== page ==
And we have prevented Afghanistan from hosting attacks on our homeland. I was reluctant to escalate in Afghanistan as President Obama did. I didn't think it would do any good opposed to a low-level effort to support sub-national actors in the formal state of Afghanistan to fight jihadis and keep them from running the place. I firmly believe that the brief escalations were purely for making good on the campaign claim that Iraq "distracted" America from Afghanistan, and the many more deaths as a result were fairly pointless. I could be wrong that the escalations didn't set the stage for what we have now and that without it things would be worse. Yet I suspect we paid an unnecessary price. But we had to pay some price to destroy the authors of 9/11. And walking away would allow the threats to rebuild. Certainly, Obama's embrace of the war validates that war, too, as a bipartisan consensus.

As for North Korea, we've really done nothing until the last year or so when we have finally worked hard to solve the problem--hopefully without war. So the problems we have with North Korea threatening the peace have nothing to with Bush who rightly named North Korea a member of the Axis of Evil.

And Iran? The Left would have impeached Bush for addressing Iran which has been nothing but named a member of the Axis of Evil. Sanctions were briefly tightened and then relaxed to get Iran a farcical deal that only pretends to stop Iran from going nuclear. At best it prevents Iran from going nuclear during the time of the deal even as the deal makes Iran more capable of racing to nukes when the deal expires. At best. And I still worry that North Korea is essentially Iran's nuclear weapons program to furnish the warheads for the missiles Iran develops.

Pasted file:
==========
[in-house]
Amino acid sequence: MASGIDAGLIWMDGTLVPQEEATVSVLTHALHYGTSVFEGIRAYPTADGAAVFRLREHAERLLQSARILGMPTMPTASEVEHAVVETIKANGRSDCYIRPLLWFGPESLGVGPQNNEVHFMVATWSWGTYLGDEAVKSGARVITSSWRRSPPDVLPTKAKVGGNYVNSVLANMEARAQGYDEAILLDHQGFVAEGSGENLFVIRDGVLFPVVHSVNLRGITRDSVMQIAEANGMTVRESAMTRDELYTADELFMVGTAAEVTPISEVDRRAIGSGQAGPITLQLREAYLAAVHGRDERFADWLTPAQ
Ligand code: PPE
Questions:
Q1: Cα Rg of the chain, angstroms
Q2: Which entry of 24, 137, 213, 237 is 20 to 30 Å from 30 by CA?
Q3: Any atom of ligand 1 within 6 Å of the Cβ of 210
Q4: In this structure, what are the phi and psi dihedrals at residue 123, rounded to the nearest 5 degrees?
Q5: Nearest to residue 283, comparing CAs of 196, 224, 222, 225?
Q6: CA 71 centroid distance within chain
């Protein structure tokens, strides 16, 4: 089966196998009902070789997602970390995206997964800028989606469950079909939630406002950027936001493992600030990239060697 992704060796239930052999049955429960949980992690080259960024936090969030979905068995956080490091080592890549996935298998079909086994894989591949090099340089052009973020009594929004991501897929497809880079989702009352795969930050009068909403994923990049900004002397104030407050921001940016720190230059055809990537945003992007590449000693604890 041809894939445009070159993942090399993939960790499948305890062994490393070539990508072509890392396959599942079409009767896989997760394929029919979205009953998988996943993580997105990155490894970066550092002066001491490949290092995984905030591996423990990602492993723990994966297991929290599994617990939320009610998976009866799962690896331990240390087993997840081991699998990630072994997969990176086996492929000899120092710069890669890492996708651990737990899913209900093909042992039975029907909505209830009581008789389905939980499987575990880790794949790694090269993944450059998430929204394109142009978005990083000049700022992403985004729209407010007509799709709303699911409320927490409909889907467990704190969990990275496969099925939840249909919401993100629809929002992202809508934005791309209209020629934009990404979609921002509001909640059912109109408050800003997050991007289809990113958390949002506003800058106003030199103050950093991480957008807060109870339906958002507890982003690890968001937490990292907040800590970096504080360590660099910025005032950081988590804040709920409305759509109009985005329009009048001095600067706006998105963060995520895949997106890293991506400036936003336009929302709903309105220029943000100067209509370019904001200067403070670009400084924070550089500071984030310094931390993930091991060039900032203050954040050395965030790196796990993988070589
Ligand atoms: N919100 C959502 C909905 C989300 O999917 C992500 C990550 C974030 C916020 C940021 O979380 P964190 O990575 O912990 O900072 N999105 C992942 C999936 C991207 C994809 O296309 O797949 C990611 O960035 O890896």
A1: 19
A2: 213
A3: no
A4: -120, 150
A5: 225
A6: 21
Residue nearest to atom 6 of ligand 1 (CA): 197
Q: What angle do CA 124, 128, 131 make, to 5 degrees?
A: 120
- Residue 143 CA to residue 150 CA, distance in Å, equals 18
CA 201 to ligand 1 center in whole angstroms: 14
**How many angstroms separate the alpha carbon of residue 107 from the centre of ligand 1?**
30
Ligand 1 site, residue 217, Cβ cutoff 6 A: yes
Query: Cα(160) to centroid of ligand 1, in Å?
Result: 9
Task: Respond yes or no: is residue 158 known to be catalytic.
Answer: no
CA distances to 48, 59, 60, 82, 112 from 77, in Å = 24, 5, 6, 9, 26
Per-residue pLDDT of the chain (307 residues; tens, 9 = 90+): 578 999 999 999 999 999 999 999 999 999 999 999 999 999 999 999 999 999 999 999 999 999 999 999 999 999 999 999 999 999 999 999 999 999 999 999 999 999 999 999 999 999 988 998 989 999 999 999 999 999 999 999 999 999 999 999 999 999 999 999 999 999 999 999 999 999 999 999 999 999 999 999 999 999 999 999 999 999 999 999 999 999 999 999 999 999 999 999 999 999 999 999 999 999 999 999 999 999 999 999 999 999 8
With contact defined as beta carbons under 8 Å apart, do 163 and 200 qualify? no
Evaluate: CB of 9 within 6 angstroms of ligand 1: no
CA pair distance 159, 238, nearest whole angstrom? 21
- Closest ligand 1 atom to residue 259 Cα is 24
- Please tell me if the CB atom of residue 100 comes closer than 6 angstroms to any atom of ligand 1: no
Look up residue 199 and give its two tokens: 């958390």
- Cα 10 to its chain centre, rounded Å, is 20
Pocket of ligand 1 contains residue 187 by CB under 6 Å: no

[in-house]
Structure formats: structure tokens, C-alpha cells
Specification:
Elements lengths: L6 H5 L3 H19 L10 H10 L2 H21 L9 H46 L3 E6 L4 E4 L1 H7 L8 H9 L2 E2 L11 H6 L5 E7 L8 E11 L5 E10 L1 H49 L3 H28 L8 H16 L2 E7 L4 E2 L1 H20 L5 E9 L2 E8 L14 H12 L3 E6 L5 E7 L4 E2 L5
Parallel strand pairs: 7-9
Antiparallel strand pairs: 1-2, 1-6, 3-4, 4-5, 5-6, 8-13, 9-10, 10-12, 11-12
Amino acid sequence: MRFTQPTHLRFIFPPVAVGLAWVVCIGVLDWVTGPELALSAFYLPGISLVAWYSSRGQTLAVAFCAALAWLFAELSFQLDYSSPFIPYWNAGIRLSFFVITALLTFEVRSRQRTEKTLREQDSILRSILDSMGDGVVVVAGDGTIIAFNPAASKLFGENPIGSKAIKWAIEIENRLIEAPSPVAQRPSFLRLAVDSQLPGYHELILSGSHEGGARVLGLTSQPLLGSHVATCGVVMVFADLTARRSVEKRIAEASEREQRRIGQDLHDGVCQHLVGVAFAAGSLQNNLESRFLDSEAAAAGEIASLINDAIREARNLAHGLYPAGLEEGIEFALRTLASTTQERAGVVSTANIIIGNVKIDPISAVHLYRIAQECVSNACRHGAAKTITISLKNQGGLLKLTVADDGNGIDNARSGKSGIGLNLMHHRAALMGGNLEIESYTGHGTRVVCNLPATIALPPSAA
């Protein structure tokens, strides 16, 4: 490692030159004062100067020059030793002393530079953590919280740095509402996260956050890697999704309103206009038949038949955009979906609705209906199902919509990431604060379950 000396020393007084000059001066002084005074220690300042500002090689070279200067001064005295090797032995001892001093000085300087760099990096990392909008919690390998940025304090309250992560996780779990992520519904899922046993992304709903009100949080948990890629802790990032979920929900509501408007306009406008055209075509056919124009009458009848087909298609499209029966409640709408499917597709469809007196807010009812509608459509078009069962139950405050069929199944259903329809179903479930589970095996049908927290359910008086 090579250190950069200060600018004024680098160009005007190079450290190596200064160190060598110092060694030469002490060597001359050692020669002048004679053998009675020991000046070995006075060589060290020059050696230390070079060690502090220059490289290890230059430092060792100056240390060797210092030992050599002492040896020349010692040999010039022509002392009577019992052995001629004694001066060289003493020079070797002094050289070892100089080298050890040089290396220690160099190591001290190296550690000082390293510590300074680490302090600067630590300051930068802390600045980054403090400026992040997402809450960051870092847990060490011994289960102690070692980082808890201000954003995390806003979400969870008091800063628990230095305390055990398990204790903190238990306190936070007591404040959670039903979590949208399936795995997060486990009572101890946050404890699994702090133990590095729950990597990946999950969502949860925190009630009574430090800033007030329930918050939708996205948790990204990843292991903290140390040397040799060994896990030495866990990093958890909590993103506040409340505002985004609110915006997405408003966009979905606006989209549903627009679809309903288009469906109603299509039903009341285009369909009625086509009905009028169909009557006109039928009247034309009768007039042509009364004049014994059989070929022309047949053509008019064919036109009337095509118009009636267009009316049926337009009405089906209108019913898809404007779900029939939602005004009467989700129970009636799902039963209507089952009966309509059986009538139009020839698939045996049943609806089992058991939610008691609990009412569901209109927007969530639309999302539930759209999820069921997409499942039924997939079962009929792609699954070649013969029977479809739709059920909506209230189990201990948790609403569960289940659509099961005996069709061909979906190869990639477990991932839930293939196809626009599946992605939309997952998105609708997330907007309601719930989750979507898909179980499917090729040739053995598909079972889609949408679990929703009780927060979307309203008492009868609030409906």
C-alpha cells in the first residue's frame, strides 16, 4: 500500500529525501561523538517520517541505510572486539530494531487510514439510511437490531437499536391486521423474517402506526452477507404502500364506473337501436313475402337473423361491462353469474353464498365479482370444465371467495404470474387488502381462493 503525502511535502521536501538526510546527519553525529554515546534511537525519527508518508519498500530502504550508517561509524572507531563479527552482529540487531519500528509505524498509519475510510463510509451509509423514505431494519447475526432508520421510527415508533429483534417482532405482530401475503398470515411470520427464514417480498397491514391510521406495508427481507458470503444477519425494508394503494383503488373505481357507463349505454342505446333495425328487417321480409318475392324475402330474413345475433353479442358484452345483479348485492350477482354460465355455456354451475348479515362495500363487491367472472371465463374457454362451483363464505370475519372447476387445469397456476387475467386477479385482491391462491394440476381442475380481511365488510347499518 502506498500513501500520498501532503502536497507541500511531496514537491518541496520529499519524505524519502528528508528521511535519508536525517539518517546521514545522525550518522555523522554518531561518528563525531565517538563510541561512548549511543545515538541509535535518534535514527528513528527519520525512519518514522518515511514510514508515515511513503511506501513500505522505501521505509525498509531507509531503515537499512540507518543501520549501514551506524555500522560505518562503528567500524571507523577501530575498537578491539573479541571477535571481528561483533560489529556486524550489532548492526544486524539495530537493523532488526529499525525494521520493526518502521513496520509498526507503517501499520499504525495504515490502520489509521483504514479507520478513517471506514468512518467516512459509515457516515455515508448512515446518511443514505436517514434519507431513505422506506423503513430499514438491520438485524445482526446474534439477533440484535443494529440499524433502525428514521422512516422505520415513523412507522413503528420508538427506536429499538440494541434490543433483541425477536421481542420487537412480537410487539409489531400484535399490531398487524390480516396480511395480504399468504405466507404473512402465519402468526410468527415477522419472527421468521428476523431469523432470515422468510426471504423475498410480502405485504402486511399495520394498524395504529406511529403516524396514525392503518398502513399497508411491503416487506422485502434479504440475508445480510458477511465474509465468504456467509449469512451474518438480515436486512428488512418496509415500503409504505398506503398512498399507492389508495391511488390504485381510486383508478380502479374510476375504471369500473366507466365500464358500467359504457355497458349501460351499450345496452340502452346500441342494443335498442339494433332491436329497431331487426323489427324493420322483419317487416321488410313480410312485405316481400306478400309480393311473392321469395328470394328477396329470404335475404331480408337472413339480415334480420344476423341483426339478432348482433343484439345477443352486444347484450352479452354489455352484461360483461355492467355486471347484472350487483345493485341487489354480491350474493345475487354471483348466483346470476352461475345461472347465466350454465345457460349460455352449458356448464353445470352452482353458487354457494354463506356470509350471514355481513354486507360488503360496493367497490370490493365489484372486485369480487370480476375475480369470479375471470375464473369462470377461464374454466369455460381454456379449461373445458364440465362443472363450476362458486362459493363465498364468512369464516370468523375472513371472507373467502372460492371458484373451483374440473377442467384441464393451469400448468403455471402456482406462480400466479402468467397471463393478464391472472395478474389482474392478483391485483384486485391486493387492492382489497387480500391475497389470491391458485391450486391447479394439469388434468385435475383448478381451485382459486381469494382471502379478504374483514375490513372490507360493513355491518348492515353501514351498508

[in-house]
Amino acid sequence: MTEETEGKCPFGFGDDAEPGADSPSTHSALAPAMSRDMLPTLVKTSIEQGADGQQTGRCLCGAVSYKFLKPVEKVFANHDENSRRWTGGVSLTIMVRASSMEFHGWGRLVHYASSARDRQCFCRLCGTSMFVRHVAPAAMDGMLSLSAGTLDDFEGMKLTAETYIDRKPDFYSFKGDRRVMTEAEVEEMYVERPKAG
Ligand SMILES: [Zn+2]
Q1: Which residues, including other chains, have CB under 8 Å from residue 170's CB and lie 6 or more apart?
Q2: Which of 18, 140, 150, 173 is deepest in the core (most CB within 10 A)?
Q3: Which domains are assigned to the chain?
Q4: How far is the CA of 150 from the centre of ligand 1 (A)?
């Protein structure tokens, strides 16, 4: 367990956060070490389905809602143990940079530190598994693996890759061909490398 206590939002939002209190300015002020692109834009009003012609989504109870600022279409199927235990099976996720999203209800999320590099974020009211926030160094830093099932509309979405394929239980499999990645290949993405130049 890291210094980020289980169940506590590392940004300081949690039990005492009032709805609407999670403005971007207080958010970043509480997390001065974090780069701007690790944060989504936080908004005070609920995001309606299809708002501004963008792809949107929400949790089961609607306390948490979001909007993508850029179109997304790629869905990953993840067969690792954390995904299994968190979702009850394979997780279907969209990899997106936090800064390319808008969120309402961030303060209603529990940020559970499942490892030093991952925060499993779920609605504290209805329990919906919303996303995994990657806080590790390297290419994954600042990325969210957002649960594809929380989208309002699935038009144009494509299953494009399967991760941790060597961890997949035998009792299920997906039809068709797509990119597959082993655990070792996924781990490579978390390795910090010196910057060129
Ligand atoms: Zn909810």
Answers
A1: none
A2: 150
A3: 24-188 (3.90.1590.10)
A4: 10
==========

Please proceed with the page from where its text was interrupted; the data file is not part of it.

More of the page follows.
So Iraq is a relative success early in the process of being a full success.

Afghanistan is a success as far as preventing it from being a terror sanctuary. But the cost has been higher than it needed to be. But stuff like that happens in a war.

Iran remains a threat but it has not been seriously confronted. And indeed Iran has been bribed in a failed attempt to make it a responsible power.

As for North Korea, it hasn't been stopped and everyone seems to have hoped not to be in the White House when the music stops in this game of nuclear musical chairs.

As for jihadis, at its heart the problem is an Islamic Civil War about who defines what Islam is. The war against jihadis is just a holding action to protect us and enable reasonable Moslems to reject the bloody vision of the jihadis for what all of Islam should be. How long will it take to change Islamic society? You tell me. But it is at least starting.

Is the war on terror and the Axis of Evil going on longer than we hoped? Yes, but that is the fault of fighting very bloody enemies in Iraq and Afghanistan. And we've not worked to really defeat North Korea or Iran.

What was the alternative post 9/11? To let Iraq and Afghanistan continue to be horrible regimes that host people who want to kill us and threaten their regions? How's that going with Iran in the Middle East and North Korea in northeast Asia, where both are still unconstrained? Would our enemies have tired of killing and just stopped on their own?

Are we to accept nuclear Iran and North Korea? How many more nuclear states will follow those two? And how long will it be before nuclear wars between close neighbors break out? America and Russia had the luxury of distance, at least, to reduce the friction that could have led to a nuclear war during the Cold War. How good will all these new nuclear states' command and control and early warning systems be? Will fear of being hit with a disarming first strike lead to launches of nukes in pointless nuclear wars?

And if you want to speak of a war that didn't go according to plan, why is America and the World War II alliance that defeated Nazi Germany and Fascist Italy still struggling to defend the West from external threats?